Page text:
Although being a vegan is easy, not to mention the only way to live, it gets a bit trickier when alcohol is involved. I'm not talking about drunken cravings for cheese or anything like that. The simple act of choosing a beer is hard on a vegan! Some use isinglass, from the swim bladders of fish, in the fining process, others contain honey, or egg albumins. Sure, there are plenty of internet resources, but sometimes the easiest way to ensure the veganity of something is to make it yourself. And, with the right equipment (which requires a minor investment to start with), making your own beer is easy, cheap, and fun.
Instead of doing the brewing ourselves, which is complicated and takes ages, Andy and I buy these canisters of pre-mixed beer bases. You can get all kinds of brews, and can experiment with mixing for more complex flavours. This ginger beer came with the syrupy beer, a yeast packet, and a 'yeast feeder'. To make non-alcoholic ginger beer, add 1 cup of sugar.
To make the adult version, add a whole kilo of sugar. We buy this convenient mix of dextrose, corn syrup, and malt from our local home brew shop.
First, mix the sugar, beer syrup, and a few litres of boiling water in the fermenting drum. Mix realllly well, so lots of air gets in.
Then, pour in cool distilled water, about 15-20 litres. Pouring it from high up means more aeration and better beer.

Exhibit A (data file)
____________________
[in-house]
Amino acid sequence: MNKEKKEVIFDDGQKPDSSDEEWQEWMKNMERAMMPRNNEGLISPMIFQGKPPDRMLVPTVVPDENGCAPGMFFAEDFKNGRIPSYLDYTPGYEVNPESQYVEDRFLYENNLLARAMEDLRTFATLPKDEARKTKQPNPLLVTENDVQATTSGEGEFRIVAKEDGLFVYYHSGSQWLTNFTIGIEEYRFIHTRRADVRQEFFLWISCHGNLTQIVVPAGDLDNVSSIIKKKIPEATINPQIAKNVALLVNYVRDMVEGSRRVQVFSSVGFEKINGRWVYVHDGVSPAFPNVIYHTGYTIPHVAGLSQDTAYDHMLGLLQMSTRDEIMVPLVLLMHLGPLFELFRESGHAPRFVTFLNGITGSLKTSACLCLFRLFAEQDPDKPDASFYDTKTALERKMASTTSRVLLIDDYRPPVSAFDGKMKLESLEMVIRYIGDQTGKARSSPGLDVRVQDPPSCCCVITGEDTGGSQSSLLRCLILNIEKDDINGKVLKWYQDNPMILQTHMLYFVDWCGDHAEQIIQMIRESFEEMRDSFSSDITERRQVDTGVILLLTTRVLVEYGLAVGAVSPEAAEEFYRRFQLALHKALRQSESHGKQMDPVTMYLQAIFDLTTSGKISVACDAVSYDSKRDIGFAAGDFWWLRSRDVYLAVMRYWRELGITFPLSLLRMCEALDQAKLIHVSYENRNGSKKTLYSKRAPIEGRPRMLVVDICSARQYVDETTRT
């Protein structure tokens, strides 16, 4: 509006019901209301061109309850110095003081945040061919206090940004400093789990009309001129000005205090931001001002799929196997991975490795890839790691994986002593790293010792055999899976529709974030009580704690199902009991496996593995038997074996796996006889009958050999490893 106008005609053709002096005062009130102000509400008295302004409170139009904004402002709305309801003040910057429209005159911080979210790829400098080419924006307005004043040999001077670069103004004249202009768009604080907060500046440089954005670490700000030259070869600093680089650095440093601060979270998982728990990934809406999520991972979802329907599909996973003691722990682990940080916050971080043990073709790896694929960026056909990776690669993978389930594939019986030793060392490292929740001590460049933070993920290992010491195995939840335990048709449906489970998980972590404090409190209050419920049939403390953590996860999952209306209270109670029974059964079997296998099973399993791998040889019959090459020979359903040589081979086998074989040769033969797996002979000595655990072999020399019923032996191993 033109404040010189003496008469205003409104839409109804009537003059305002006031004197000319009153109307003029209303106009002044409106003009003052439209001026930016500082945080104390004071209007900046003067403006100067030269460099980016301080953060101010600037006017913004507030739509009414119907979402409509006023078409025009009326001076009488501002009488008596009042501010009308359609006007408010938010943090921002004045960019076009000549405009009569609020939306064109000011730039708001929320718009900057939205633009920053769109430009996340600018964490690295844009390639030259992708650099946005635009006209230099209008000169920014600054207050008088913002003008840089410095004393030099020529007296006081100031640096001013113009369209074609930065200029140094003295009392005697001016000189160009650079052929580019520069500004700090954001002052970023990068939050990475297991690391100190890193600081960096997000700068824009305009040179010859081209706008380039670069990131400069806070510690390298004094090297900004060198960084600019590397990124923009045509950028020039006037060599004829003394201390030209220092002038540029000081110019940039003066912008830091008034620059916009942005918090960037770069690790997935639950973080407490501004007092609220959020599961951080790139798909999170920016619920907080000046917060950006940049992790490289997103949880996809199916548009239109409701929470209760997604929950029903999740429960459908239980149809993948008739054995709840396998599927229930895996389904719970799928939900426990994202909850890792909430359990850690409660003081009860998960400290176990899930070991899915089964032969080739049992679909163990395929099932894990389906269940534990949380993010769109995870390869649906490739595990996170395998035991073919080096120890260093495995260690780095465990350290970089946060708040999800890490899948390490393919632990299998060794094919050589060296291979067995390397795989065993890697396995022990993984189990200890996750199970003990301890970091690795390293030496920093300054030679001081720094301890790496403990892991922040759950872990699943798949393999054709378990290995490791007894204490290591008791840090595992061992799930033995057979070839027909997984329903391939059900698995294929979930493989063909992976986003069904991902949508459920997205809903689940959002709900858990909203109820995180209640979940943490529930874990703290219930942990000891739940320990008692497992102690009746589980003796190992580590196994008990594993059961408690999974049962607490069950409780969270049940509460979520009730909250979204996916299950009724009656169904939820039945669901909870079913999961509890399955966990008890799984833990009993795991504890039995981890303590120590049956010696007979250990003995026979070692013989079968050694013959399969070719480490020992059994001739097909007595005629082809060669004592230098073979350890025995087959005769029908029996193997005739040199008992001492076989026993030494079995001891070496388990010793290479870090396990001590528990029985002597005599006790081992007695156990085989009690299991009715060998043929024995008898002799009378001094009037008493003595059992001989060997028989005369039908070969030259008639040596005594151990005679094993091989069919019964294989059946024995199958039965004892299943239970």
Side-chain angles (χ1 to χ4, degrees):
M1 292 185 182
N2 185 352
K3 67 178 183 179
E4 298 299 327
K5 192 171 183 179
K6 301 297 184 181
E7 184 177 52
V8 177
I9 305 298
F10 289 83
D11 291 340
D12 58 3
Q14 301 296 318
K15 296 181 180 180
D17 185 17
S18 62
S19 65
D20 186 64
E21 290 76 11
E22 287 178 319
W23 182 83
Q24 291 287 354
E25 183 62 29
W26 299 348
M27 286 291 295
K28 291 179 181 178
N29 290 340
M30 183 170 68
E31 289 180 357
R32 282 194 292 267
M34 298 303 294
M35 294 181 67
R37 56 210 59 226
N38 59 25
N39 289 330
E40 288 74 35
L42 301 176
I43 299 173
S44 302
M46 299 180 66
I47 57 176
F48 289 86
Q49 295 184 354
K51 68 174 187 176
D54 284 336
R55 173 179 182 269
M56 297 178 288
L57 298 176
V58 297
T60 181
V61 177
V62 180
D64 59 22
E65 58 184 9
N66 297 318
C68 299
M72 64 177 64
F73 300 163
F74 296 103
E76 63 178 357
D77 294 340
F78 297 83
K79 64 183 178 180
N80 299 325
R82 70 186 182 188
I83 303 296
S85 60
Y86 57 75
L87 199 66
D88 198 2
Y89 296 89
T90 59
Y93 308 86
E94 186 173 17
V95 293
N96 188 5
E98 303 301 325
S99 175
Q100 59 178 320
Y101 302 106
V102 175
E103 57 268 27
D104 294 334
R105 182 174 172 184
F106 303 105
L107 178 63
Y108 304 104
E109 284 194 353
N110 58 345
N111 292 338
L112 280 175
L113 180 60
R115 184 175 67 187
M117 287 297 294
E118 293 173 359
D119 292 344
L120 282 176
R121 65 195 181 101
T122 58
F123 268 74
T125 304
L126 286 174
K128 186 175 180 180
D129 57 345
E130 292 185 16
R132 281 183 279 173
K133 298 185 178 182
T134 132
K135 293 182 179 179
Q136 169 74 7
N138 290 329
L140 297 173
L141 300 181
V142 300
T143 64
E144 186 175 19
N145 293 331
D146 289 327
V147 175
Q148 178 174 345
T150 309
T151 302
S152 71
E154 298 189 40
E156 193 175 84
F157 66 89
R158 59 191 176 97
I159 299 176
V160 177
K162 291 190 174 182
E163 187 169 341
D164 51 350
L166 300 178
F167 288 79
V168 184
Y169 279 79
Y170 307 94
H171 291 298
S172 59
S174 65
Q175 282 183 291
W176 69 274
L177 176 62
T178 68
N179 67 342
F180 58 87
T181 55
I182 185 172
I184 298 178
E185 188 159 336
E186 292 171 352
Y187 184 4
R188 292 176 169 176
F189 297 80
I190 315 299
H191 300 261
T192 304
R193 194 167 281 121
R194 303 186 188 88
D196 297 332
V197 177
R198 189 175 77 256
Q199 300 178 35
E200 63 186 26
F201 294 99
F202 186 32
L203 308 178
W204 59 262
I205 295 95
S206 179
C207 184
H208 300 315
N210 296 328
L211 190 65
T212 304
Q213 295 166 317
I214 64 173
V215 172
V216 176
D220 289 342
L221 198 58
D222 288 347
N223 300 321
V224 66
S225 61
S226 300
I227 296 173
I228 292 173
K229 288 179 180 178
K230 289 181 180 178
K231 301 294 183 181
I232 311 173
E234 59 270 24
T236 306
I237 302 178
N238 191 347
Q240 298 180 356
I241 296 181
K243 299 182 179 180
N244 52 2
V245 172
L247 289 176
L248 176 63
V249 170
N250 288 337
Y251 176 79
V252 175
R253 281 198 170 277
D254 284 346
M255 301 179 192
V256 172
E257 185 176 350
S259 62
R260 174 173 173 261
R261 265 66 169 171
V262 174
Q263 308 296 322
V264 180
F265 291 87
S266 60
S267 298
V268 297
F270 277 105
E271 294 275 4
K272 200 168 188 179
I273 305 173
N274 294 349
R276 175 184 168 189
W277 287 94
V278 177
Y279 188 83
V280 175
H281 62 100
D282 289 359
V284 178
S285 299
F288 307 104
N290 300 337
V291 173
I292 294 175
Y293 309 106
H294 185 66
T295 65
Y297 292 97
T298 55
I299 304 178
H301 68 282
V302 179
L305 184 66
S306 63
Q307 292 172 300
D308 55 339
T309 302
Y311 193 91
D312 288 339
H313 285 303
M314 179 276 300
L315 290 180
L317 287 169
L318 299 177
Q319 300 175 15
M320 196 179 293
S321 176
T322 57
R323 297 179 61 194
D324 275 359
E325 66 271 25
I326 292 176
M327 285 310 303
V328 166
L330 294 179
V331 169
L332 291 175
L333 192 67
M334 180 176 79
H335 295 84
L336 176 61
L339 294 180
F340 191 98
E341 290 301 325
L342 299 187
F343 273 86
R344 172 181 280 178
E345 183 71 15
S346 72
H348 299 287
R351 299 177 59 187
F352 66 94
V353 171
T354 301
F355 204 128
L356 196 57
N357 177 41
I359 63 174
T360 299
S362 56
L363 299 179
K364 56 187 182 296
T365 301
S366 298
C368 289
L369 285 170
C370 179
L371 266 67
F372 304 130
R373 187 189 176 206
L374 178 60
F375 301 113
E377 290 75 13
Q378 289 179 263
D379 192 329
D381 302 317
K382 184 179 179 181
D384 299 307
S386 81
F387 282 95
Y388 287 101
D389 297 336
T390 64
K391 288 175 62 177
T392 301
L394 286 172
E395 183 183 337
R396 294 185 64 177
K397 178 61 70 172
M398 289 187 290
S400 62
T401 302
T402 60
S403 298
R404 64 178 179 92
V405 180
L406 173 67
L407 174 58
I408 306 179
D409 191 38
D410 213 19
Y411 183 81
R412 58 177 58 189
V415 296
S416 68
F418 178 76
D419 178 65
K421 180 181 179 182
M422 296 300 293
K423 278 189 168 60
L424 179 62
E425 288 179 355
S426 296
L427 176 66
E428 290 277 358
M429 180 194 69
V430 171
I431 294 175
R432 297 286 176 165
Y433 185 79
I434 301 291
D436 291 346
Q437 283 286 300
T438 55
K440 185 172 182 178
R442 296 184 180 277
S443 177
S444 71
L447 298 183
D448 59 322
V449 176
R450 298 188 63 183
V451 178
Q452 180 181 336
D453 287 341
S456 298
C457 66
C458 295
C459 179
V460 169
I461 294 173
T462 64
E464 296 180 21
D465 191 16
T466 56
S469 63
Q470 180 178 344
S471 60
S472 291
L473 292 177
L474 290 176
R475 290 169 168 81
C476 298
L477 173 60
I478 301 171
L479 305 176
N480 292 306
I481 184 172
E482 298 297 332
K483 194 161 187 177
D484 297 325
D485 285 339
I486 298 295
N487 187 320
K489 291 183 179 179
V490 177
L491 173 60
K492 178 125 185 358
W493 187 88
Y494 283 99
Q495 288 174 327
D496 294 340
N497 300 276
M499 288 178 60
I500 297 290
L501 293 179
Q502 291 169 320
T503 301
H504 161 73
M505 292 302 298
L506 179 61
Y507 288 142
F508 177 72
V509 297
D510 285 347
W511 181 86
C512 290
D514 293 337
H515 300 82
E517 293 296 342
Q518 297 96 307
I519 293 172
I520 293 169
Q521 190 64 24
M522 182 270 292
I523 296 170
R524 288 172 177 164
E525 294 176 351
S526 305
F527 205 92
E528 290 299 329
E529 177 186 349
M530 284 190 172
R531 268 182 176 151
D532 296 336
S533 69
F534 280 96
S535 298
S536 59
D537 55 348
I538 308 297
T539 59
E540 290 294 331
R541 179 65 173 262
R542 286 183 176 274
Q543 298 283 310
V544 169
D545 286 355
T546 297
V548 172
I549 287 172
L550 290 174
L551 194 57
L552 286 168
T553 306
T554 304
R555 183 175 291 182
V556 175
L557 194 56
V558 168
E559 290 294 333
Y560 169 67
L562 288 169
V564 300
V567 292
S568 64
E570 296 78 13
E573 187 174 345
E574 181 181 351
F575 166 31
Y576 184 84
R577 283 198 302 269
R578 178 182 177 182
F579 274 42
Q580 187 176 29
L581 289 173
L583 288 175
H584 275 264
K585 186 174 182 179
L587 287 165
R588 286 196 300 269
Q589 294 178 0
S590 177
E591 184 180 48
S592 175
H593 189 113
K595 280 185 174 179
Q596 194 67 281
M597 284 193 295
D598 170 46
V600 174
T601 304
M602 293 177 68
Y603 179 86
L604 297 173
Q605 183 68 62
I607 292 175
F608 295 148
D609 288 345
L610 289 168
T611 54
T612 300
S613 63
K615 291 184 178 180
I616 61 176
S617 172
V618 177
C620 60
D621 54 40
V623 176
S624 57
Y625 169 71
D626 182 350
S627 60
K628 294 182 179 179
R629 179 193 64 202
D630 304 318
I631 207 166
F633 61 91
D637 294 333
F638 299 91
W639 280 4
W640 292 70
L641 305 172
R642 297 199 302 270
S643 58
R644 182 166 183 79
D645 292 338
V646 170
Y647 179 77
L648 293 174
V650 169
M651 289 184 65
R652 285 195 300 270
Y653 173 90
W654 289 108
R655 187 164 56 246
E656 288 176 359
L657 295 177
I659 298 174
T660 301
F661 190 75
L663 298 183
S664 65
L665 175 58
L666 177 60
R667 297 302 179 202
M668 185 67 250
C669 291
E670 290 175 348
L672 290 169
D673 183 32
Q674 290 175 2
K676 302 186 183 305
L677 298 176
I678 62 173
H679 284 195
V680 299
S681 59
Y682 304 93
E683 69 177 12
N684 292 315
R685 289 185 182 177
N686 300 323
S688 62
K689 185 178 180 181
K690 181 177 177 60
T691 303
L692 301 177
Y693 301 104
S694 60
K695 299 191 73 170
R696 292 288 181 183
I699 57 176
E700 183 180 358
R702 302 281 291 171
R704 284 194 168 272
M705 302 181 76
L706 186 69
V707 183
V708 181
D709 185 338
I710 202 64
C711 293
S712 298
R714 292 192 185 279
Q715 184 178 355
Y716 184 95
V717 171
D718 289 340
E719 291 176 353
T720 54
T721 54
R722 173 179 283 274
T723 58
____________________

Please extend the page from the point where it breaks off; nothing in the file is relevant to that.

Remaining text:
Sprinkle the yeast packet onto the top of the mix, but don't stir it up.
Then, put the lid on, insert the airlock (which bubbles to show how much fermenting is happening), and put the fermenter where the temperature will stay fairly constant. Let it sit for about a week. If it's cold, it will take longer.
After a week, you've got alcohol, but it lacks fizz. Take the lid off and have a look inside. Have a taste at this stage. Though it's not fizzy, you will get an idea of the flavour the beer will have.
To make bubbles, you need more sugar. These sugar droplets are easy and don't make a mess--one for every regular sized bottle, or two for long-necks.
Sterilise all the bottles, and anything you use in the brewing process, because bacteria or mould makes the beer taste terrible.
With the sugar drops in, fill the bottles. It helps to have a bucket or pan underneath to catch any drips.
Use a fancy bottle capper to put the lids on the bottles...
And then put the bottles in the same place you put the fermenter. And wait. And wait. At least 3 weeks, though 6 or 8 weeks is better. When you can't stand it any longer, open the bottle and pour yourself a glass of homemade beer!
This ginger beer is better than any commercial brands we've tried, and not just because it's alcoholic! It's got more zing to it. And, there is no question about the veganity of it. Sure, the beer is a bit cloudy because there is no fining process, but it tastes good and it's satisfying to know that you made it yourself!